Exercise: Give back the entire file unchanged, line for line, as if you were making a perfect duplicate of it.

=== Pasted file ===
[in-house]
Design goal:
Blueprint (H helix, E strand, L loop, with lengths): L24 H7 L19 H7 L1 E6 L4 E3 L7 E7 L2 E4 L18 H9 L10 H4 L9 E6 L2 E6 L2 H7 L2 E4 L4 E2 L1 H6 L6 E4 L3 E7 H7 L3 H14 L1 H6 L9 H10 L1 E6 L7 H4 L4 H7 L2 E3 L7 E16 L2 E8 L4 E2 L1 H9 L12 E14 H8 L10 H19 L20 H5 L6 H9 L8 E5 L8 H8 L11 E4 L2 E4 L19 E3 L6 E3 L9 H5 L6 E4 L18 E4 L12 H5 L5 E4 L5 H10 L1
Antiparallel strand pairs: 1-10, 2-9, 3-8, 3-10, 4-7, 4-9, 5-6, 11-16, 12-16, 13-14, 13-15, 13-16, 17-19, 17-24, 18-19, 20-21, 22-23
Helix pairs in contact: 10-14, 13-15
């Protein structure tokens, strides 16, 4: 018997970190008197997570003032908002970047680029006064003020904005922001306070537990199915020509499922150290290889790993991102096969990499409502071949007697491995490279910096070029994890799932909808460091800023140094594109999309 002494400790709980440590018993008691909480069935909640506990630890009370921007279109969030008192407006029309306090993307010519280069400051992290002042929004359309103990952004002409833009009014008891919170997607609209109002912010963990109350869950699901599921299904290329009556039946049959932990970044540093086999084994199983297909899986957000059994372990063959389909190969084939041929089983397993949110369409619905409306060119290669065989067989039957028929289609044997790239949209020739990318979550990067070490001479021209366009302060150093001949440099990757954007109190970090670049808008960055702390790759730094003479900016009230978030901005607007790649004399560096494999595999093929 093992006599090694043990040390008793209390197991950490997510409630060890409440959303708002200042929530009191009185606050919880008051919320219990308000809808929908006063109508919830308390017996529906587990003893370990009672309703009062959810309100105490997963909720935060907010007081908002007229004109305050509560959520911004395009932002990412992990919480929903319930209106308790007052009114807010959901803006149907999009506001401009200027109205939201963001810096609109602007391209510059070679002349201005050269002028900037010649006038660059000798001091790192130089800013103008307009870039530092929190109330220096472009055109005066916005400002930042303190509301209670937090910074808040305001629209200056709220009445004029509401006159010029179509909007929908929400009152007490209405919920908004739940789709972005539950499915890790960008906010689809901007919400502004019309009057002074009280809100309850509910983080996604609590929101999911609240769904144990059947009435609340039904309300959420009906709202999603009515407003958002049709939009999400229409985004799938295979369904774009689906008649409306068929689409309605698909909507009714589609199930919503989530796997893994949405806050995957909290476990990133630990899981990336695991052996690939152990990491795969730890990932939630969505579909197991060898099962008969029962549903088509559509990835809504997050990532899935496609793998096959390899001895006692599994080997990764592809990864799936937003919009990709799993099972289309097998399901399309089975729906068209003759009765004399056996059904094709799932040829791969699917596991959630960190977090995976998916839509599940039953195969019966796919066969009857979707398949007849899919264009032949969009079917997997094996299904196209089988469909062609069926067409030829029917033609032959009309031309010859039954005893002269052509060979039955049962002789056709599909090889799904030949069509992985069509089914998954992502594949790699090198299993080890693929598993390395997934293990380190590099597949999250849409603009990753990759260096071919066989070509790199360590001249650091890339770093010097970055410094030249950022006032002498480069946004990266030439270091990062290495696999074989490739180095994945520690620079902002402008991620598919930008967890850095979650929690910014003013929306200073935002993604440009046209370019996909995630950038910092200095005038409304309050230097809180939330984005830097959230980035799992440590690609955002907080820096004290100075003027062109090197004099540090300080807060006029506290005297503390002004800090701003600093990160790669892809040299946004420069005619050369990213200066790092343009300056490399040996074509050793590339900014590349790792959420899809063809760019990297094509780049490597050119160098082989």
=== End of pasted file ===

[in-house]
Design goal:
Blueprint (H helix, E strand, L loop, with lengths): L24 H7 L19 H7 L1 E6 L4 E3 L7 E7 L2 E4 L18 H9 L10 H4 L9 E6 L2 E6 L2 H7 L2 E4 L4 E2 L1 H6 L6 E4 L3 E7 H7 L3 H14 L1 H6 L9 H10 L1 E6 L7 H4 L4 H7 L2 E3 L7 E16 L2 E8 L4 E2 L1 H9 L12 E14 H8 L10 H19 L20 H5 L6 H9 L8 E5 L8 H8 L11 E4 L2 E4 L19 E3 L6 E3 L9 H5 L6 E4 L18 E4 L12 H5 L5 E4 L5 H10 L1
Antiparallel strand pairs: 1-10, 2-9, 3-8, 3-10, 4-7, 4-9, 5-6, 11-16, 12-16, 13-14, 13-15, 13-16, 17-19, 17-24, 18-19, 20-21, 22-23
Helix pairs in contact: 10-14, 13-15
């Protein structure tokens, strides 16, 4: 018997970190008197997570003032908002970047680029006064003020904005922001306070537990199915020509499922150290290889790993991102096969990499409502071949007697491995490279910096070029994890799932909808460091800023140094594109999309 002494400790709980440590018993008691909480069935909640506990630890009370921007279109969030008192407006029309306090993307010519280069400051992290002042929004359309103990952004002409833009009014008891919170997607609209109002912010963990109350869950699901599921299904290329009556039946049959932990970044540093086999084994199983297909899986957000059994372990063959389909190969084939041929089983397993949110369409619905409306060119290669065989067989039957028929289609044997790239949209020739990318979550990067070490001479021209366009302060150093001949440099990757954007109190970090670049808008960055702390790759730094003479900016009230978030901005607007790649004399560096494999595999093929 093992006599090694043990040390008793209390197991950490997510409630060890409440959303708002200042929530009191009185606050919880008051919320219990308000809808929908006063109508919830308390017996529906587990003893370990009672309703009062959810309100105490997963909720935060907010007081908002007229004109305050509560959520911004395009932002990412992990919480929903319930209106308790007052009114807010959901803006149907999009506001401009200027109205939201963001810096609109602007391209510059070679002349201005050269002028900037010649006038660059000798001091790192130089800013103008307009870039530092929190109330220096472009055109005066916005400002930042303190509301209670937090910074808040305001629209200056709220009445004029509401006159010029179509909007929908929400009152007490209405919920908004739940789709972005539950499915890790960008906010689809901007919400502004019309009057002074009280809100309850509910983080996604609590929101999911609240769904144990059947009435609340039904309300959420009906709202999603009515407003958002049709939009999400229409985004799938295979369904774009689906008649409306068929689409309605698909909507009714589609199930919503989530796997893994949405806050995957909290476990990133630990899981990336695991052996690939152990990491795969730890990932939630969505579909197991060898099962008969029962549903088509559509990835809504997050990532899935496609793998096959390899001895006692599994080997990764592809990864799936937003919009990709799993099972289309097998399901399309089975729906068209003759009765004399056996059904094709799932040829791969699917596991959630960190977090995976998916839509599940039953195969019966796919066969009857979707398949007849899919264009032949969009079917997997094996299904196209089988469909062609069926067409030829029917033609032959009309031309010859039954005893002269052509060979039955049962002789056709599909090889799904030949069509992985069509089914998954992502594949790699090198299993080890693929598993390395997934293990380190590099597949999250849409603009990753990759260096071919066989070509790199360590001249650091890339770093010097970055410094030249950022006032002498480069946004990266030439270091990062290495696999074989490739180095994945520690620079902002402008991620598919930008967890850095979650929690910014003013929306200073935002993604440009046209370019996909995630950038910092200095005038409304309050230097809180939330984005830097959230980035799992440590690609955002907080820096004290100075003027062109090197004099540090300080807060006029506290005297503390002004800090701003600093990160790669892809040299946004420069005619050369990213200066790092343009300056490399040996074509050793590339900014590349790792959420899809063809760019990297094509780049490597050119160098082989």